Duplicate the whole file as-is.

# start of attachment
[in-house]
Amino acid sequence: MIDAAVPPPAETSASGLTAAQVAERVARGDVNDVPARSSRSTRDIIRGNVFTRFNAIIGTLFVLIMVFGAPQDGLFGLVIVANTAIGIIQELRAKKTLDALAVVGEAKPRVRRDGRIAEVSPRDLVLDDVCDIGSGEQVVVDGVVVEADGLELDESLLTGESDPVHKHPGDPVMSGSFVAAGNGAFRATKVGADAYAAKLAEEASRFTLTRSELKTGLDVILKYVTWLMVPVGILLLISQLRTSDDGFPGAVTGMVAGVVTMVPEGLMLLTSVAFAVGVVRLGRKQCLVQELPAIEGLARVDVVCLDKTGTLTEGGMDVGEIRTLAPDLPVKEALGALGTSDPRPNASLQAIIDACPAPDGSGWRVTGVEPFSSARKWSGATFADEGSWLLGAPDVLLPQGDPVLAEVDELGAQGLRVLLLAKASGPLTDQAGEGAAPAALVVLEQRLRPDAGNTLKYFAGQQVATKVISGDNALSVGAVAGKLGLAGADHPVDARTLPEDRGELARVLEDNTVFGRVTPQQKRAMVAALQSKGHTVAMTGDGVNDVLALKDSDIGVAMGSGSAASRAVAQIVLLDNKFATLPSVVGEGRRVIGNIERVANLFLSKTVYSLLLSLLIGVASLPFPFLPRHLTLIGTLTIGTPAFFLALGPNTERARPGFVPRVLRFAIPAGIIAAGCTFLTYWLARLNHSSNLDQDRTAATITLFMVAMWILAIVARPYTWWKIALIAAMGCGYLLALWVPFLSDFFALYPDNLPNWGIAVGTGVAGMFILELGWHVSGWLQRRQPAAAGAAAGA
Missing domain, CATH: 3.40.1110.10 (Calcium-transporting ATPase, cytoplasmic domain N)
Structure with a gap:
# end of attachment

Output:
[in-house]
Amino acid sequence: MIDAAVPPPAETSASGLTAAQVAERVARGDVNDVPARSSRSTRDIIRGNVFTRFNAIIGTLFVLIMVFGAPQDGLFGLVIVANTAIGIIQELRAKKTLDALAVVGEAKPRVRRDGRIAEVSPRDLVLDDVCDIGSGEQVVVDGVVVEADGLELDESLLTGESDPVHKHPGDPVMSGSFVAAGNGAFRATKVGADAYAAKLAEEASRFTLTRSELKTGLDVILKYVTWLMVPVGILLLISQLRTSDDGFPGAVTGMVAGVVTMVPEGLMLLTSVAFAVGVVRLGRKQCLVQELPAIEGLARVDVVCLDKTGTLTEGGMDVGEIRTLAPDLPVKEALGALGTSDPRPNASLQAIIDACPAPDGSGWRVTGVEPFSSARKWSGATFADEGSWLLGAPDVLLPQGDPVLAEVDELGAQGLRVLLLAKASGPLTDQAGEGAAPAALVVLEQRLRPDAGNTLKYFAGQQVATKVISGDNALSVGAVAGKLGLAGADHPVDARTLPEDRGELARVLEDNTVFGRVTPQQKRAMVAALQSKGHTVAMTGDGVNDVLALKDSDIGVAMGSGSAASRAVAQIVLLDNKFATLPSVVGEGRRVIGNIERVANLFLSKTVYSLLLSLLIGVASLPFPFLPRHLTLIGTLTIGTPAFFLALGPNTERARPGFVPRVLRFAIPAGIIAAGCTFLTYWLARLNHSSNLDQDRTAATITLFMVAMWILAIVARPYTWWKIALIAAMGCGYLLALWVPFLSDFFALYPDNLPNWGIAVGTGVAGMFILELGWHVSGWLQRRQPAAAGAAAGA
Missing domain, CATH: 3.40.1110.10 (Calcium-transporting ATPase, cytoplasmic domain N)
Structure with a gap: